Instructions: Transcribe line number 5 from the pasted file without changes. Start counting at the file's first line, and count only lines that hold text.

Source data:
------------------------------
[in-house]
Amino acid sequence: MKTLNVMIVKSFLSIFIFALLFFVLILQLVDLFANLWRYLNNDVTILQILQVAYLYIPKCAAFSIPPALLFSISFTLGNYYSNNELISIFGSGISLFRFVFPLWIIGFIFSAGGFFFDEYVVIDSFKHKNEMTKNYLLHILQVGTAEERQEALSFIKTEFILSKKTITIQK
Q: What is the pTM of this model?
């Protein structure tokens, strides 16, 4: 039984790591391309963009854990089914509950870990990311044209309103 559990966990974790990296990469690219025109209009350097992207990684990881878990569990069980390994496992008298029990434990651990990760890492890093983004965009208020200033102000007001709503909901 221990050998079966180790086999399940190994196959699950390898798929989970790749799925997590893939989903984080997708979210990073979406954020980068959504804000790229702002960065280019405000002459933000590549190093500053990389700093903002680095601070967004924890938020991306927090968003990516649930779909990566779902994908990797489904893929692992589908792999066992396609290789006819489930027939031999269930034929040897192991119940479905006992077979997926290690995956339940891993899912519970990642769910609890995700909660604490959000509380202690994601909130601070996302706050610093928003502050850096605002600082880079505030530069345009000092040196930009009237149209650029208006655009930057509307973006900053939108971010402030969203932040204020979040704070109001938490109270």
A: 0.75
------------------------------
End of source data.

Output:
A: 0.75